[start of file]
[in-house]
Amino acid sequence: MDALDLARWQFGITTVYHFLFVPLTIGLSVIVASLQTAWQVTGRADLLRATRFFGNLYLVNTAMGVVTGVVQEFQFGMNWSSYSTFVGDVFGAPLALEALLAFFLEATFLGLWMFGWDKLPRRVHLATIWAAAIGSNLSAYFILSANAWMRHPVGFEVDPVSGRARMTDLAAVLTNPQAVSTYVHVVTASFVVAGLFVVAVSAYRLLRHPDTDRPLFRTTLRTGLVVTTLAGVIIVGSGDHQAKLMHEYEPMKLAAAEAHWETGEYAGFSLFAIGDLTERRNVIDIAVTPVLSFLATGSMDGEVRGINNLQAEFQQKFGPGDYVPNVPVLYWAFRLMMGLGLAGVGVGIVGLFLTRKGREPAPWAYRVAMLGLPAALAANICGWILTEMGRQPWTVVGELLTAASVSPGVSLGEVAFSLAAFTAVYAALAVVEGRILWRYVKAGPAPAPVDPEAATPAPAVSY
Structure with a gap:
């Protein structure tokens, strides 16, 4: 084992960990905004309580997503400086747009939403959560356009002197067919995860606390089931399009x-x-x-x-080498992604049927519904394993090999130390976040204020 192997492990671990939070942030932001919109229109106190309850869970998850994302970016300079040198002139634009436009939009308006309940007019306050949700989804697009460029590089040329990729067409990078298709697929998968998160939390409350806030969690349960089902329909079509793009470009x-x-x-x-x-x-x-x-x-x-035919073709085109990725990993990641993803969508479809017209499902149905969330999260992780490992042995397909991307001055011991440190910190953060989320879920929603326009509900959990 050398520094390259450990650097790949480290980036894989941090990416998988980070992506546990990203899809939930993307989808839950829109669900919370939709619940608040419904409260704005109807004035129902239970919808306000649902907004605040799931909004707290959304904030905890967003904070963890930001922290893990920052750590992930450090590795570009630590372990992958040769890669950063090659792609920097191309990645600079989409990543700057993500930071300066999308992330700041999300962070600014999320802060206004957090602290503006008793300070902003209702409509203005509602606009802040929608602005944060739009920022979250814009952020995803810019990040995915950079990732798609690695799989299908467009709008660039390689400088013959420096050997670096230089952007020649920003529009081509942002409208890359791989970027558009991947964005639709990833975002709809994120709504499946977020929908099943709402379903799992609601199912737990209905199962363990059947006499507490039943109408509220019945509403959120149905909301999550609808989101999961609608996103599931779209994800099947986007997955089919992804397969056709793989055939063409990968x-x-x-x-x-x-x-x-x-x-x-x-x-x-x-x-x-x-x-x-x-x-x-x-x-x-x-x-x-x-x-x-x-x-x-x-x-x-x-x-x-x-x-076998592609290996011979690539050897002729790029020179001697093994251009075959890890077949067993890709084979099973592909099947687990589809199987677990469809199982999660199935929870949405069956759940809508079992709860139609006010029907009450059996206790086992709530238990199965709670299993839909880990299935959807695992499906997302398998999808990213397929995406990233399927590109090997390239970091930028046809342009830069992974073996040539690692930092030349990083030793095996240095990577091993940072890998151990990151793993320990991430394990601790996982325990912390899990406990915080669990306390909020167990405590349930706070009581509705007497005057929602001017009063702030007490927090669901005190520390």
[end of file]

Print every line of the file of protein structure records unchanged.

[in-house]
Amino acid sequence: MDALDLARWQFGITTVYHFLFVPLTIGLSVIVASLQTAWQVTGRADLLRATRFFGNLYLVNTAMGVVTGVVQEFQFGMNWSSYSTFVGDVFGAPLALEALLAFFLEATFLGLWMFGWDKLPRRVHLATIWAAAIGSNLSAYFILSANAWMRHPVGFEVDPVSGRARMTDLAAVLTNPQAVSTYVHVVTASFVVAGLFVVAVSAYRLLRHPDTDRPLFRTTLRTGLVVTTLAGVIIVGSGDHQAKLMHEYEPMKLAAAEAHWETGEYAGFSLFAIGDLTERRNVIDIAVTPVLSFLATGSMDGEVRGINNLQAEFQQKFGPGDYVPNVPVLYWAFRLMMGLGLAGVGVGIVGLFLTRKGREPAPWAYRVAMLGLPAALAANICGWILTEMGRQPWTVVGELLTAASVSPGVSLGEVAFSLAAFTAVYAALAVVEGRILWRYVKAGPAPAPVDPEAATPAPAVSY
Structure with a gap:
């Protein structure tokens, strides 16, 4: 084992960990905004309580997503400086747009939403959560356009002197067919995860606390089931399009x-x-x-x-080498992604049927519904394993090999130390976040204020 192997492990671990939070942030932001919109229109106190309850869970998850994302970016300079040198002139634009436009939009308006309940007019306050949700989804697009460029590089040329990729067409990078298709697929998968998160939390409350806030969690349960089902329909079509793009470009x-x-x-x-x-x-x-x-x-x-035919073709085109990725990993990641993803969508479809017209499902149905969330999260992780490992042995397909991307001055011991440190910190953060989320879920929603326009509900959990 050398520094390259450990650097790949480290980036894989941090990416998988980070992506546990990203899809939930993307989808839950829109669900919370939709619940608040419904409260704005109807004035129902239970919808306000649902907004605040799931909004707290959304904030905890967003904070963890930001922290893990920052750590992930450090590795570009630590372990992958040769890669950063090659792609920097191309990645600079989409990543700057993500930071300066999308992330700041999300962070600014999320802060206004957090602290503006008793300070902003209702409509203005509602606009802040929608602005944060739009920022979250814009952020995803810019990040995915950079990732798609690695799989299908467009709008660039390689400088013959420096050997670096230089952007020649920003529009081509942002409208890359791989970027558009991947964005639709990833975002709809994120709504499946977020929908099943709402379903799992609601199912737990209905199962363990059947006499507490039943109408509220019945509403959120149905909301999550609808989101999961609608996103599931779209994800099947986007997955089919992804397969056709793989055939063409990968x-x-x-x-x-x-x-x-x-x-x-x-x-x-x-x-x-x-x-x-x-x-x-x-x-x-x-x-x-x-x-x-x-x-x-x-x-x-x-x-x-x-x-076998592609290996011979690539050897002729790029020179001697093994251009075959890890077949067993890709084979099973592909099947687990589809199987677990469809199982999660199935929870949405069956759940809508079992709860139609006010029907009450059996206790086992709530238990199965709670299993839909880990299935959807695992499906997302398998999808990213397929995406990233399927590109090997390239970091930028046809342009830069992974073996040539690692930092030349990083030793095996240095990577091993940072890998151990990151793993320990991430394990601790996982325990912390899990406990915080669990306390909020167990405590349930706070009581509705007497005057929602001017009063702030007490927090669901005190520390």